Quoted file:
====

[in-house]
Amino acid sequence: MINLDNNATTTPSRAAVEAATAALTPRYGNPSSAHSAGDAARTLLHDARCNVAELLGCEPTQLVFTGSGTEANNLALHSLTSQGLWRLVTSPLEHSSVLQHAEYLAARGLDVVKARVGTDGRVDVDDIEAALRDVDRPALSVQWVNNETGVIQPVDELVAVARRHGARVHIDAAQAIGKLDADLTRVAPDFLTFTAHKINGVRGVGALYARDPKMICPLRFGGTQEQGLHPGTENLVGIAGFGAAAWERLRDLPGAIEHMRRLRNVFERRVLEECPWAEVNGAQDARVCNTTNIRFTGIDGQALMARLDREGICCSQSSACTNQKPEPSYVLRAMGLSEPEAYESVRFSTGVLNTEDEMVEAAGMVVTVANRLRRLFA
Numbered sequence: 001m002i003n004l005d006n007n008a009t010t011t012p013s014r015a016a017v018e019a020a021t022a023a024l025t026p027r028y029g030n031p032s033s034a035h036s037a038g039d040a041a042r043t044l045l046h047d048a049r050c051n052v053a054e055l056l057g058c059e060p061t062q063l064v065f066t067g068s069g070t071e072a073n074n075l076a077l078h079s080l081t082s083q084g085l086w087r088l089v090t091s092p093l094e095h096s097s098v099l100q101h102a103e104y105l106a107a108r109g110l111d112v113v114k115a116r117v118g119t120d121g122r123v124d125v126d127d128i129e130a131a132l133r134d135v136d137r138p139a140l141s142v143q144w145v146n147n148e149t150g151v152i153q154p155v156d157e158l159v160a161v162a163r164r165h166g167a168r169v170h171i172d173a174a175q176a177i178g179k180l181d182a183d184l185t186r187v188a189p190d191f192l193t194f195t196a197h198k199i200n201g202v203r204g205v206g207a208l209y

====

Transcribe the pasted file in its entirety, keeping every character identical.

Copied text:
[in-house]
Amino acid sequence: MINLDNNATTTPSRAAVEAATAALTPRYGNPSSAHSAGDAARTLLHDARCNVAELLGCEPTQLVFTGSGTEANNLALHSLTSQGLWRLVTSPLEHSSVLQHAEYLAARGLDVVKARVGTDGRVDVDDIEAALRDVDRPALSVQWVNNETGVIQPVDELVAVARRHGARVHIDAAQAIGKLDADLTRVAPDFLTFTAHKINGVRGVGALYARDPKMICPLRFGGTQEQGLHPGTENLVGIAGFGAAAWERLRDLPGAIEHMRRLRNVFERRVLEECPWAEVNGAQDARVCNTTNIRFTGIDGQALMARLDREGICCSQSSACTNQKPEPSYVLRAMGLSEPEAYESVRFSTGVLNTEDEMVEAAGMVVTVANRLRRLFA
Numbered sequence: 001m002i003n004l005d006n007n008a009t010t011t012p013s014r015a016a017v018e019a020a021t022a023a024l025t026p027r028y029g030n031p032s033s034a035h036s037a038g039d040a041a042r043t044l045l046h047d048a049r050c051n052v053a054e055l056l057g058c059e060p061t062q063l064v065f066t067g068s069g070t071e072a073n074n075l076a077l078h079s080l081t082s083q084g085l086w087r088l089v090t091s092p093l094e095h096s097s098v099l100q101h102a103e104y105l106a107a108r109g110l111d112v113v114k115a116r117v118g119t120d121g122r123v124d125v126d127d128i129e130a131a132l133r134d135v136d137r138p139a140l141s142v143q144w145v146n147n148e149t150g151v152i153q154p155v156d157e158l159v160a161v162a163r164r165h166g167a168r169v170h171i172d173a174a175q176a177i178g179k180l181d182a183d184l185t186r187v188a189p190d191f192l193t194f195t196a197h198k199i200n201g202v203r204g205v206g207a208l209y